Coaching and mentorship at the workplace or from external sources is extremely essential in moulding and cultivating powerful leaders. When leaders are able to get immediate and constructive feedback on their performance, and have access to role models they can emulate and learn from – you can see that they grow and learn most significantly.
How can leaders balance the needs of an organisation and at the same time, meet the needs of people in the team as well?
Leaders first need to understand that the needs of the organisation and its people are not lopsided. The successes and frustrations of either side share a symbiotic relationship – this means that the success or failure of either party will indubitably impact the other.
For leaders to learn how to manage this relationship and maintain equilibrium, they require support, opportunity, resources, and aptitude. Moreover, they must be willing to stick with learning through some setbacks and failures until they achieve a breakthrough in their abilities to take on their full responsibilities for the organisation.
How can leaders become a source of inspiration to the team?
Start by being a great listener – observe and gather information from others and the environment. This can allow leaders to connect emotionally with their peers and understand the needs of the team.
Great leaders build lasting relationships with their colleagues and employees that are based on trust, respect and communication. Building relationships with employees does not mean that leaders have to become their friend – it just means that they have to earn their trust and respect.
An excessively friendly approach can be just as damaging to a work relationship as abusive control. Leaders must learn to be open and approachable without becoming the ‘employee’s buddy’.
Most importantly, there is a fine line between being manipulative and being politically-savvy, and having integrity and being authentic are of utmost importance. Get feedback on how your message and behaviour really comes across as to others.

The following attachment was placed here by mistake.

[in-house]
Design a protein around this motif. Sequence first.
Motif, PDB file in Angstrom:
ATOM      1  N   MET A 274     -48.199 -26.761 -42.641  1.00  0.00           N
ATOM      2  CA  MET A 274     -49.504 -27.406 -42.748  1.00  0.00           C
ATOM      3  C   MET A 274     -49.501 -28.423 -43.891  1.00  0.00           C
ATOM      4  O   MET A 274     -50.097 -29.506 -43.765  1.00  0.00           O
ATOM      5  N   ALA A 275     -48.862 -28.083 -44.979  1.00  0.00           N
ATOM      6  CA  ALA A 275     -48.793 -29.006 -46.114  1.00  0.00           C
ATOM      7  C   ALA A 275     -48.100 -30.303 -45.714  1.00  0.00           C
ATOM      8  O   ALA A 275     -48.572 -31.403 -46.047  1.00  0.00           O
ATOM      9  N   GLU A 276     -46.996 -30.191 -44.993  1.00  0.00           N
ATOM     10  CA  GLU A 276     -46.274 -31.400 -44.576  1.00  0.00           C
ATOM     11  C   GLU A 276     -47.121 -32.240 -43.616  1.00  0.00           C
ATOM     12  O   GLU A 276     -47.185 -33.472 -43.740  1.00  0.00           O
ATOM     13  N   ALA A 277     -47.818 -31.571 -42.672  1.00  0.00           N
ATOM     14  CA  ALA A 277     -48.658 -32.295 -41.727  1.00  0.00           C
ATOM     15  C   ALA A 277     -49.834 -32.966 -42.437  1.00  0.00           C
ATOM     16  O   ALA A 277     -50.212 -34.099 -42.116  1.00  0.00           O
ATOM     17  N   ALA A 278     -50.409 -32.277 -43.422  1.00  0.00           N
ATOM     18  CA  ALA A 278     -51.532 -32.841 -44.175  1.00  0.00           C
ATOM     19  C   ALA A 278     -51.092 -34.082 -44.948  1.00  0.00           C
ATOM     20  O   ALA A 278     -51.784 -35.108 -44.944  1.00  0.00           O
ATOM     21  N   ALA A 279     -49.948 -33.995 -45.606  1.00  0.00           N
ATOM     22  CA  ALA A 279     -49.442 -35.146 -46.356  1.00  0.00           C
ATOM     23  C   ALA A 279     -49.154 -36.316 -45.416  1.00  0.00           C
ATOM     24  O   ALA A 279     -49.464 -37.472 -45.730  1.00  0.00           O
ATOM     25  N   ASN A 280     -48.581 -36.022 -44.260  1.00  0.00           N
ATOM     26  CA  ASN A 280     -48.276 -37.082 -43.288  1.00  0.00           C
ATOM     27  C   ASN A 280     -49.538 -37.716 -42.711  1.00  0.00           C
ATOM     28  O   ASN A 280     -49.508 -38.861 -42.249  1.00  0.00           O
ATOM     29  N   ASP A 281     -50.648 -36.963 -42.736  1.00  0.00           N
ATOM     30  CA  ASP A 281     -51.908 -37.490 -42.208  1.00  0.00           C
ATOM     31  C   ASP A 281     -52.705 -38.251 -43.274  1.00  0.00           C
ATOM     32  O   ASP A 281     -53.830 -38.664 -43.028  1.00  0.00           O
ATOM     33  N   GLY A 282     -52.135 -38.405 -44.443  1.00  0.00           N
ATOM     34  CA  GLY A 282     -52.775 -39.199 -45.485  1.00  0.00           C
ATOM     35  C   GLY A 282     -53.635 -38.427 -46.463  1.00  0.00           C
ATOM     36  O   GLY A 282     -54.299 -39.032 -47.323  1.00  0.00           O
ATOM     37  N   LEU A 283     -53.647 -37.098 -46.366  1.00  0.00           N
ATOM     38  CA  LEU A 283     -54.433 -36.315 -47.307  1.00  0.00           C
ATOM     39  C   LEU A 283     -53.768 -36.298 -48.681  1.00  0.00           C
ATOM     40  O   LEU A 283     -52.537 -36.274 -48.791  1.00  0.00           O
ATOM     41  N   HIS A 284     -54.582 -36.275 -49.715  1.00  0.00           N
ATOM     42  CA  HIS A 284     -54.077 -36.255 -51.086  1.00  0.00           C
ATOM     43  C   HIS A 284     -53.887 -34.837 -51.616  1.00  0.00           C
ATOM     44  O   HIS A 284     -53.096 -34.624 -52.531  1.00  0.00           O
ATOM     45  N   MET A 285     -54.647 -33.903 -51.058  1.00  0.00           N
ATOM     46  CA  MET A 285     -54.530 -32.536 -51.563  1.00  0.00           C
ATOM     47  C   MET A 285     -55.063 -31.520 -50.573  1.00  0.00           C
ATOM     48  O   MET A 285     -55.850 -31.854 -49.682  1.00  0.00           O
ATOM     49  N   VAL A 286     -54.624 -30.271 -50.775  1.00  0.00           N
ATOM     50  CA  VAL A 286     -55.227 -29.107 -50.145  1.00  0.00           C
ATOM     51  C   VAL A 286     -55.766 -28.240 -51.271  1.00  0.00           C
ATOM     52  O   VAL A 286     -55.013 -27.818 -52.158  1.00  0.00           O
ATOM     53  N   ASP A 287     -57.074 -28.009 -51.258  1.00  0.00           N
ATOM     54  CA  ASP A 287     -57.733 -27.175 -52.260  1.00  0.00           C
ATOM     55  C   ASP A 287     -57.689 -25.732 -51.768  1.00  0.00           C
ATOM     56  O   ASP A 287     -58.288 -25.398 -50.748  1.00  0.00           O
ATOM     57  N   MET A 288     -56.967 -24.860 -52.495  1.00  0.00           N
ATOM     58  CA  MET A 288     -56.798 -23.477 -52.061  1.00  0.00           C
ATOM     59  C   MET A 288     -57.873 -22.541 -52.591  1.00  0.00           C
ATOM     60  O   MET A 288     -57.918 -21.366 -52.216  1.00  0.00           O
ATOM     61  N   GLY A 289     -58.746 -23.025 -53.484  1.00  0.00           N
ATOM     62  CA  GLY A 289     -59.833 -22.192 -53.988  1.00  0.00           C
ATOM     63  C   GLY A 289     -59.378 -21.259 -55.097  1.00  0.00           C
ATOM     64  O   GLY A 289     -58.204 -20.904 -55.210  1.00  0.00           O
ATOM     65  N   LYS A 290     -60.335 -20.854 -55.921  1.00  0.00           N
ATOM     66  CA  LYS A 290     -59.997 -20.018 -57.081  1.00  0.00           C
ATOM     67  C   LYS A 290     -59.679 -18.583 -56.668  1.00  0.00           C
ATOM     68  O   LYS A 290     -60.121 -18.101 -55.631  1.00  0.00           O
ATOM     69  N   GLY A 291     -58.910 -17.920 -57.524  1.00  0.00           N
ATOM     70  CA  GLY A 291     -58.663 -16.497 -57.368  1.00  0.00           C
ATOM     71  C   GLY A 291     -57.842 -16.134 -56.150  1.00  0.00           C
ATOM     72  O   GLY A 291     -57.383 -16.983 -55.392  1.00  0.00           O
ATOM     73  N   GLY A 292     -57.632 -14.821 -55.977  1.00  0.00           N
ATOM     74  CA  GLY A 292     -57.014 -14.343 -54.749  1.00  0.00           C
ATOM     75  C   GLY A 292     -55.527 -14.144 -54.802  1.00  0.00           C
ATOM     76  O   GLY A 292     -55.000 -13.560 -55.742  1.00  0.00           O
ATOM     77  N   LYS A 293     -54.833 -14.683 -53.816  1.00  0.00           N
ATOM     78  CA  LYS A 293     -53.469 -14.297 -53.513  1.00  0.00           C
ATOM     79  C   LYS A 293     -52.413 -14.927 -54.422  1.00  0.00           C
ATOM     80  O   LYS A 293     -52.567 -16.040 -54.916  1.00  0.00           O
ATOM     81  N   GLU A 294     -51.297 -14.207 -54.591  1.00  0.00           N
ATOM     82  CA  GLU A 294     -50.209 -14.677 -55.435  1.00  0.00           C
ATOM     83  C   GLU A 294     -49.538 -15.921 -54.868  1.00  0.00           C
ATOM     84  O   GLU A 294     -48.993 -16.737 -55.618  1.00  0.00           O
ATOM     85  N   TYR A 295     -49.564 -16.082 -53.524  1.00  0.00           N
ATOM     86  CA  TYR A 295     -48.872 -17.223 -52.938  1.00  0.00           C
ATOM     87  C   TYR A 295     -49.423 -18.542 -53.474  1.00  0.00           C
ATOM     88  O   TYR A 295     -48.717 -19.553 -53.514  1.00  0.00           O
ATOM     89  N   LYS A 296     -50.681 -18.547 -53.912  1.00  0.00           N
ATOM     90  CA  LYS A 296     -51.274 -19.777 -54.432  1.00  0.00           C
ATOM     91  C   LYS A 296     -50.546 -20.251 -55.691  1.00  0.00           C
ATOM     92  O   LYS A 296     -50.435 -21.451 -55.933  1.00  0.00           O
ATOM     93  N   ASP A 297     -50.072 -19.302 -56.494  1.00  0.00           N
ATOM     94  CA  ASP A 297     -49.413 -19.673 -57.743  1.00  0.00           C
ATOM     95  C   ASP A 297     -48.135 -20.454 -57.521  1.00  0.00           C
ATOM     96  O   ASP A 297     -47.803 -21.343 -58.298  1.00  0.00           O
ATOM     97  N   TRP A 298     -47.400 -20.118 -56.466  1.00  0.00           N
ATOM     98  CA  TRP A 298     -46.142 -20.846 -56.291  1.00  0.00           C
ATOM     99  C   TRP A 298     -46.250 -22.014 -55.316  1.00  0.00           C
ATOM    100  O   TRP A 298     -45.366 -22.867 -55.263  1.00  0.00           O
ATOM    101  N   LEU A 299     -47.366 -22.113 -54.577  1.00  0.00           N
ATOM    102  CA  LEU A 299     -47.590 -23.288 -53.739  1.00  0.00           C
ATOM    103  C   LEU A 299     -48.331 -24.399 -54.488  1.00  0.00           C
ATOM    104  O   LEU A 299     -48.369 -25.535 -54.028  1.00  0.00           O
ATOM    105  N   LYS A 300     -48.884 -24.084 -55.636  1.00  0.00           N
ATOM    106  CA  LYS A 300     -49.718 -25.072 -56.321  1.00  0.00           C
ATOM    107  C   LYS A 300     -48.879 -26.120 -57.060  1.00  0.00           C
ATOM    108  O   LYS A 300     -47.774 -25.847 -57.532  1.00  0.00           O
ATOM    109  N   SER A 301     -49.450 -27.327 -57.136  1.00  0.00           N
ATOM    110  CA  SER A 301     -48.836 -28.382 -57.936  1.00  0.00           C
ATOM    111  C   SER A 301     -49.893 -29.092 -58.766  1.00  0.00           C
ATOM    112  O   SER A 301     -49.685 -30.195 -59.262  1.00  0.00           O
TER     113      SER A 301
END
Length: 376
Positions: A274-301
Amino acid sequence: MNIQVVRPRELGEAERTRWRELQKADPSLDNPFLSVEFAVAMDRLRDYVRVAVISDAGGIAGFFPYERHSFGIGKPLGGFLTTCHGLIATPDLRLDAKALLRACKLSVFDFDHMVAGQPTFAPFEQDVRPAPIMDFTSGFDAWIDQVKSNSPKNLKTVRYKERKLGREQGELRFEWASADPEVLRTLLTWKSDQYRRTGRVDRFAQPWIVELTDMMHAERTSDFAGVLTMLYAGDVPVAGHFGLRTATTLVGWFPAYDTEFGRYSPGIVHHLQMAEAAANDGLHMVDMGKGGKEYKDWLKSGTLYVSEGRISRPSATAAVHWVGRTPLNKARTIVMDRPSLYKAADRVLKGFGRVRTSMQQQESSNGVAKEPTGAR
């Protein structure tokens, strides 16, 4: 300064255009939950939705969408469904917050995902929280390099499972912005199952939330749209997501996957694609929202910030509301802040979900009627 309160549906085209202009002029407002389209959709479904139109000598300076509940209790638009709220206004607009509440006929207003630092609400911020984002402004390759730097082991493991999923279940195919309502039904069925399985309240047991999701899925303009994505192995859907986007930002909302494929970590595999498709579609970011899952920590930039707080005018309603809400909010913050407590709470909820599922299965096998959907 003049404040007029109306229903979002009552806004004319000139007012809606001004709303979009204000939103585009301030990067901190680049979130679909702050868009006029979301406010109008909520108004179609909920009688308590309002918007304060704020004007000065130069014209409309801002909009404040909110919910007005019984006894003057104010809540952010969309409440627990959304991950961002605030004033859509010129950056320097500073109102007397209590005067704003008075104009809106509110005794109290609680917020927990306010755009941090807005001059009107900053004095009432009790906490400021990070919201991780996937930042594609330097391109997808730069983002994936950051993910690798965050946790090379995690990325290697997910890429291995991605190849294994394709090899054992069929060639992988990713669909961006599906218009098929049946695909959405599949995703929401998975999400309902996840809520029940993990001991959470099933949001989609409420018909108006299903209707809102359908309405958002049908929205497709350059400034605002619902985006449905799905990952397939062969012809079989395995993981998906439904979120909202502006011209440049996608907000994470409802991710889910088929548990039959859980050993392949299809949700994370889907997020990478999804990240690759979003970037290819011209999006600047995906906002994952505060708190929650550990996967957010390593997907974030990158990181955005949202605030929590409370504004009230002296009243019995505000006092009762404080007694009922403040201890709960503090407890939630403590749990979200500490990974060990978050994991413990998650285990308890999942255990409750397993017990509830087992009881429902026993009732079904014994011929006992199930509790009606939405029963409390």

What are your thoughts on the future of leadership for organisational success in the changing face of adversities? How do you envision the times coming 2020?
In light of a rapidly-changing organisational landscape, there is a need for leaders who come from diverse backgrounds and experiences. This is essential because the workplace is becoming increasingly diverse, both culturally and generationally.
Over the next decade, three out of four workers globally will belong to the millennial generation. So, even though leaders may not think of themselves as global leaders, they still have to consider the reality of the changing workforce. Leaders have to understand that diversity can be an asset to be leveraged on, rather than just tolerated.
We are also witnessing the trend of women leadership. According to a report by Singapore’s Diversity Action Committee (DAC), women representation in company board seats went up from 8% in 2012 to 8.8% by the end of 2014 in Singapore.
Companies need to jump on the bandwagon and look at expanding the diversity of their boards and management committees. There are tangible benefits to ensuring that the board composition is reflective of the changing customer and employee base – higher Return-of-Investments (ROI) are measured in organisations that are more gender diverse than those that were not.